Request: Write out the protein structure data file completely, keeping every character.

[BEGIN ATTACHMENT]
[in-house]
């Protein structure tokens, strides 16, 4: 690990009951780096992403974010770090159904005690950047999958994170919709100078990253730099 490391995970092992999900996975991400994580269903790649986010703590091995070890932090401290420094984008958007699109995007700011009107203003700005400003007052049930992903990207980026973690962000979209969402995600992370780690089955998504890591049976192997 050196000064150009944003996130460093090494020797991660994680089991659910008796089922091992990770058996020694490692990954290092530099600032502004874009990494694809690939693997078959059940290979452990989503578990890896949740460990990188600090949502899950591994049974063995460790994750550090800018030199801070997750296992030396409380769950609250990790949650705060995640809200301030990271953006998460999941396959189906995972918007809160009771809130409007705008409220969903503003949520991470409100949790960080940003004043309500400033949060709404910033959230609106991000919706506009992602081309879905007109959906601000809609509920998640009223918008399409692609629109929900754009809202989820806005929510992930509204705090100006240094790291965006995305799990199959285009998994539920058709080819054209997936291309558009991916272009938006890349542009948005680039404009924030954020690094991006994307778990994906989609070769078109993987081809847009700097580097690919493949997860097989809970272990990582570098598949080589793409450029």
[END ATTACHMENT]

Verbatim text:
[in-house]
């Protein structure tokens, strides 16, 4: 690990009951780096992403974010770090159904005690950047999958994170919709100078990253730099 490391995970092992999900996975991400994580269903790649986010703590091995070890932090401290420094984008958007699109995007700011009107203003700005400003007052049930992903990207980026973690962000979209969402995600992370780690089955998504890591049976192997 050196000064150009944003996130460093090494020797991660994680089991659910008796089922091992990770058996020694490692990954290092530099600032502004874009990494694809690939693997078959059940290979452990989503578990890896949740460990990188600090949502899950591994049974063995460790994750550090800018030199801070997750296992030396409380769950609250990790949650705060995640809200301030990271953006998460999941396959189906995972918007809160009771809130409007705008409220969903503003949520991470409100949790960080940003004043309500400033949060709404910033959230609106991000919706506009992602081309879905007109959906601000809609509920998640009223918008399409692609629109929900754009809202989820806005929510992930509204705090100006240094790291965006995305799990199959285009998994539920058709080819054209997936291309558009991916272009938006890349542009948005680039404009924030954020690094991006994307778990994906989609070769078109993987081809847009700097580097690919493949997860097989809970272990990582570098598949080589793409450029």